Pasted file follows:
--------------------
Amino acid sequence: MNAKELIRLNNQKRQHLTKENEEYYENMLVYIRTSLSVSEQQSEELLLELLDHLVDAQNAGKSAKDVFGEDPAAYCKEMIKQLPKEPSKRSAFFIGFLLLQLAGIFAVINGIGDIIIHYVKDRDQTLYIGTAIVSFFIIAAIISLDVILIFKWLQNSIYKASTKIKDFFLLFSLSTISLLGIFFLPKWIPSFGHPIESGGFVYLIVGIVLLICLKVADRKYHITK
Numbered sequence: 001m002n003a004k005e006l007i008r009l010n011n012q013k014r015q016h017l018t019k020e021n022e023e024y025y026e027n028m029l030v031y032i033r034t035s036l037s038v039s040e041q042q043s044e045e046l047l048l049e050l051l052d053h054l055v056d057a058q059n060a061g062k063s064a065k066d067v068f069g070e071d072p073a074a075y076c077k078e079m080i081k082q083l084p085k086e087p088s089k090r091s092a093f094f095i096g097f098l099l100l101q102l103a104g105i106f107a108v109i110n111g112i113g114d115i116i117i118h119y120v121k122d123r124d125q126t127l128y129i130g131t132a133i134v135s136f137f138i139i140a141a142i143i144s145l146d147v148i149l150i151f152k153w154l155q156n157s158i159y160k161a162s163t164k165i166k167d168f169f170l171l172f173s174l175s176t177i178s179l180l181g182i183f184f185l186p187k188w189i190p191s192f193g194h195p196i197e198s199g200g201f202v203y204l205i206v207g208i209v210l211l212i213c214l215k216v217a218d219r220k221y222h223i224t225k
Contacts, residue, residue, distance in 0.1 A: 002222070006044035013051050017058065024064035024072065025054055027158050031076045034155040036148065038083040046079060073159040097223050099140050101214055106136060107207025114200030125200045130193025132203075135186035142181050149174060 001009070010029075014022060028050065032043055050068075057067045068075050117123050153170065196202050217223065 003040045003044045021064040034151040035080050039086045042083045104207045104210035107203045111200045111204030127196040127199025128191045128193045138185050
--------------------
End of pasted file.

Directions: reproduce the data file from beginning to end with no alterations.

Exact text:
Amino acid sequence: MNAKELIRLNNQKRQHLTKENEEYYENMLVYIRTSLSVSEQQSEELLLELLDHLVDAQNAGKSAKDVFGEDPAAYCKEMIKQLPKEPSKRSAFFIGFLLLQLAGIFAVINGIGDIIIHYVKDRDQTLYIGTAIVSFFIIAAIISLDVILIFKWLQNSIYKASTKIKDFFLLFSLSTISLLGIFFLPKWIPSFGHPIESGGFVYLIVGIVLLICLKVADRKYHITK
Numbered sequence: 001m002n003a004k005e006l007i008r009l010n011n012q013k014r015q016h017l018t019k020e021n022e023e024y025y026e027n028m029l030v031y032i033r034t035s036l037s038v039s040e041q042q043s044e045e046l047l048l049e050l051l052d053h054l055v056d057a058q059n060a061g062k063s064a065k066d067v068f069g070e071d072p073a074a075y076c077k078e079m080i081k082q083l084p085k086e087p088s089k090r091s092a093f094f095i096g097f098l099l100l101q102l103a104g105i106f107a108v109i110n111g112i113g114d115i116i117i118h119y120v121k122d123r124d125q126t127l128y129i130g131t132a133i134v135s136f137f138i139i140a141a142i143i144s145l146d147v148i149l150i151f152k153w154l155q156n157s158i159y160k161a162s163t164k165i166k167d168f169f170l171l172f173s174l175s176t177i178s179l180l181g182i183f184f185l186p187k188w189i190p191s192f193g194h195p196i197e198s199g200g201f202v203y204l205i206v207g208i209v210l211l212i213c214l215k216v217a218d219r220k221y222h223i224t225k
Contacts, residue, residue, distance in 0.1 A: 002222070006044035013051050017058065024064035024072065025054055027158050031076045034155040036148065038083040046079060073159040097223050099140050101214055106136060107207025114200030125200045130193025132203075135186035142181050149174060 001009070010029075014022060028050065032043055050068075057067045068075050117123050153170065196202050217223065 003040045003044045021064040034151040035080050039086045042083045104207045104210035107203045111200045111204030127196040127199025128191045128193045138185050